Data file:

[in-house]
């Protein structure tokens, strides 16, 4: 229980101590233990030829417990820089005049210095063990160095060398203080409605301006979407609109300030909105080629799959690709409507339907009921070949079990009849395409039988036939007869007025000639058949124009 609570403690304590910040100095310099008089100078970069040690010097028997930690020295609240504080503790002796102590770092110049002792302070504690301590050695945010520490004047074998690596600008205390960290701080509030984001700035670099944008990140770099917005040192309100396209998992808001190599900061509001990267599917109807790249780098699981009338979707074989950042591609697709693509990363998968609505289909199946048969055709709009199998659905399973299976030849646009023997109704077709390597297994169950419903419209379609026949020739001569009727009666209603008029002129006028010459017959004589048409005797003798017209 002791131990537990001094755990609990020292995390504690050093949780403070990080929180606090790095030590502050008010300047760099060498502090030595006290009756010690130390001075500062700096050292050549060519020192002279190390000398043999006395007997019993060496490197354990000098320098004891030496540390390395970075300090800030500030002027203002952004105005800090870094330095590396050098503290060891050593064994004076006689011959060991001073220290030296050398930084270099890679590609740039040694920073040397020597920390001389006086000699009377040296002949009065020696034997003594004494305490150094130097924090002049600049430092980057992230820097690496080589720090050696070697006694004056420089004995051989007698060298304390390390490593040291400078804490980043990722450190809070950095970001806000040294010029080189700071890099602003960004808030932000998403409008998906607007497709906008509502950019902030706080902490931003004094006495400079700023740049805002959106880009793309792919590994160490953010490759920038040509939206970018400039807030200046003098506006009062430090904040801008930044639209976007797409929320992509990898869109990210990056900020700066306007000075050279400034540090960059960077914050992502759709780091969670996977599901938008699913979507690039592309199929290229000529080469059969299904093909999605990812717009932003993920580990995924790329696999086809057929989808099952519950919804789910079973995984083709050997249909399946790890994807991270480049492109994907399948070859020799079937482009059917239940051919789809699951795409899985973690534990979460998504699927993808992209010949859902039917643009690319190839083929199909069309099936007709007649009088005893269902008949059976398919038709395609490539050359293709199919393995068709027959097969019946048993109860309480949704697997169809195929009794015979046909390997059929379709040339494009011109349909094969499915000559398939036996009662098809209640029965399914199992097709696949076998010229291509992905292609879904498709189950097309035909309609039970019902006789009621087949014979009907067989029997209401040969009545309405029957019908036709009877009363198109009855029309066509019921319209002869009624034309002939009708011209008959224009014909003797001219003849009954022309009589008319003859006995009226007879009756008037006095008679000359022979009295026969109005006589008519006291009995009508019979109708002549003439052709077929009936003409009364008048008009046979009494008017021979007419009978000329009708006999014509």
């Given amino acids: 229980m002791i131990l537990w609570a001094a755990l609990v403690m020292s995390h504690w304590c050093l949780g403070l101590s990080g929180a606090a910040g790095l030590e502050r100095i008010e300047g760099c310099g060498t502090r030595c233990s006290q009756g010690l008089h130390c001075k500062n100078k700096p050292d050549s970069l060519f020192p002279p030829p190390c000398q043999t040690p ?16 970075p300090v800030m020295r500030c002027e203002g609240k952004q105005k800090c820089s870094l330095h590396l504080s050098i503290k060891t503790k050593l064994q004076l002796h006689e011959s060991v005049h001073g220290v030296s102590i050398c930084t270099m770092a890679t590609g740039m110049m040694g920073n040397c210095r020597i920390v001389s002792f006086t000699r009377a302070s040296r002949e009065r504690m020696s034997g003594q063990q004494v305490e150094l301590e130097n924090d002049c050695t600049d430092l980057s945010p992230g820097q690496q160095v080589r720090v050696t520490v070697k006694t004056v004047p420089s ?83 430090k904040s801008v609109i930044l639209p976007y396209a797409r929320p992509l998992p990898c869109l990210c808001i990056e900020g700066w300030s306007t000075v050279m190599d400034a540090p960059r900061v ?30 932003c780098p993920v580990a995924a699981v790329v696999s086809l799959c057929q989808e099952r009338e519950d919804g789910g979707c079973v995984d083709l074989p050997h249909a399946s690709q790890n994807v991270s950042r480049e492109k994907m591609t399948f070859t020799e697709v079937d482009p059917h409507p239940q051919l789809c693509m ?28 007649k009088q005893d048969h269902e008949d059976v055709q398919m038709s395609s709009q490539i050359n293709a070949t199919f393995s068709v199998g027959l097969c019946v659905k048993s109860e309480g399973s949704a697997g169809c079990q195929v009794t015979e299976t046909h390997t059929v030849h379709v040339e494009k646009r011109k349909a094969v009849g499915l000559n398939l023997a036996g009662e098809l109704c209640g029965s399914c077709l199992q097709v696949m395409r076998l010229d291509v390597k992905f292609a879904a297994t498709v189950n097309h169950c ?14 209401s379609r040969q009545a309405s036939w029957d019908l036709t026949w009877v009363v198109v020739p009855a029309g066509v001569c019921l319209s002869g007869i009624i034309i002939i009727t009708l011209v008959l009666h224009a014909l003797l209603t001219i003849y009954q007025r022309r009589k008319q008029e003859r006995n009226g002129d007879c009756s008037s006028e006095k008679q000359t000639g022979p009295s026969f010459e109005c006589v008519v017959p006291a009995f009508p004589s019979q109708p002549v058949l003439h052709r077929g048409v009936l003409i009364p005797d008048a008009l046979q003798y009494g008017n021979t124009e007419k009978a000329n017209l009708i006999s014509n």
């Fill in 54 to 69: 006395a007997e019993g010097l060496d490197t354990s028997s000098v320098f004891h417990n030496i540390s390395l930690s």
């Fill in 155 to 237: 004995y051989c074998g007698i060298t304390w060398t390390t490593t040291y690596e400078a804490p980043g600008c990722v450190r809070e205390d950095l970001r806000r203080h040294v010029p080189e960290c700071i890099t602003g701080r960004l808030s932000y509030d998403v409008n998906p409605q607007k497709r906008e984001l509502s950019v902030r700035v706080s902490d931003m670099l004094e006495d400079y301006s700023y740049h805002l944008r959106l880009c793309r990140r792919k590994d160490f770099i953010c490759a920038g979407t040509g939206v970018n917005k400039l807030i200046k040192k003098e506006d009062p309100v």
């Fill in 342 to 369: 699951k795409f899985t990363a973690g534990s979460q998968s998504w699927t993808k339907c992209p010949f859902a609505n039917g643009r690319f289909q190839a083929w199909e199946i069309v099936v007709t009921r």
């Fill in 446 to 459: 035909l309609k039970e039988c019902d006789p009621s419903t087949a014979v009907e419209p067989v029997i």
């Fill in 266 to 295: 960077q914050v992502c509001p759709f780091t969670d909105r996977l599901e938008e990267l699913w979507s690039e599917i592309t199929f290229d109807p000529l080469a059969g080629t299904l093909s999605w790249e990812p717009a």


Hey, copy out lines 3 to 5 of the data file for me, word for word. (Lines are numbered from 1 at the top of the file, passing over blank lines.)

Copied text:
């Given amino acids: 229980m002791i131990l537990w609570a001094a755990l609990v403690m020292s995390h504690w304590c050093l949780g403070l101590s990080g929180a606090a910040g790095l030590e502050r100095i008010e300047g760099c310099g060498t502090r030595c233990s006290q009756g010690l008089h130390c001075k500062n100078k700096p050292d050549s970069l060519f020192p002279p030829p190390c000398q043999t040690p ?16 970075p300090v800030m020295r500030c002027e203002g609240k952004q105005k800090c820089s870094l330095h590396l504080s050098i503290k060891t503790k050593l064994q004076l002796h006689e011959s060991v005049h001073g220290v030296s102590i050398c930084t270099m770092a890679t590609g740039m110049m040694g920073n040397c210095r020597i920390v001389s002792f006086t000699r009377a302070s040296r002949e009065r504690m020696s034997g003594q063990q004494v305490e150094l301590e130097n924090d002049c050695t600049d430092l980057s945010p992230g820097q690496q160095v080589r720090v050696t520490v070697k006694t004056v004047p420089s ?83 430090k904040s801008v609109i930044l639209p976007y396209a797409r929320p992509l998992p990898c869109l990210c808001i990056e900020g700066w300030s306007t000075v050279m190599d400034a540090p960059r900061v ?30 932003c780098p993920v580990a995924a699981v790329v696999s086809l799959c057929q989808e099952r009338e519950d919804g789910g979707c079973v995984d083709l074989p050997h249909a399946s690709q790890n994807v991270s950042r480049e492109k994907m591609t399948f070859t020799e697709v079937d482009p059917h409507p239940q051919l789809c693509m ?28 007649k009088q005893d048969h269902e008949d059976v055709q398919m038709s395609s709009q490539i050359n293709a070949t199919f393995s068709v199998g027959l097969c019946v659905k048993s109860e309480g399973s949704a697997g169809c079990q195929v009794t015979e299976t046909h390997t059929v030849h379709v040339e494009k646009r011109k349909a094969v009849g499915l000559n398939l023997a036996g009662e098809l109704c209640g029965s399914c077709l199992q097709v696949m395409r076998l010229d291509v390597k992905f292609a879904a297994t498709v189950n097309h169950c ?14 209401s379609r040969q009545a309405s036939w029957d019908l036709t026949w009877v009363v198109v020739p009855a029309g066509v001569c019921l319209s002869g007869i009624i034309i002939i009727t009708l011209v008959l009666h224009a014909l003797l209603t001219i003849y009954q007025r022309r009589k008319q008029e003859r006995n009226g002129d007879c009756s008037s006028e006095k008679q000359t000639g022979p009295s026969f010459e109005c006589v008519v017959p006291a009995f009508p004589s019979q109708p002549v058949l003439h052709r077929g048409v009936l003409i009364p005797d008048a008009l046979q003798y009494g008017n021979t124009e007419k009978a000329n017209l009708i006999s014509n």
């Fill in 54 to 69: 006395a007997e019993g010097l060496d490197t354990s028997s000098v320098f004891h417990n030496i540390s390395l930690s």
């Fill in 155 to 237: 004995y051989c074998g007698i060298t304390w060398t390390t490593t040291y690596e400078a804490p980043g600008c990722v450190r809070e205390d950095l970001r806000r203080h040294v010029p080189e960290c700071i890099t602003g701080r960004l808030s932000y509030d998403v409008n998906p409605q607007k497709r906008e984001l509502s950019v902030r700035v706080s902490d931003m670099l004094e006495d400079y301006s700023y740049h805002l944008r959106l880009c793309r990140r792919k590994d160490f770099i953010c490759a920038g979407t040509g939206v970018n917005k400039l807030i200046k040192k003098e506006d009062p309100v």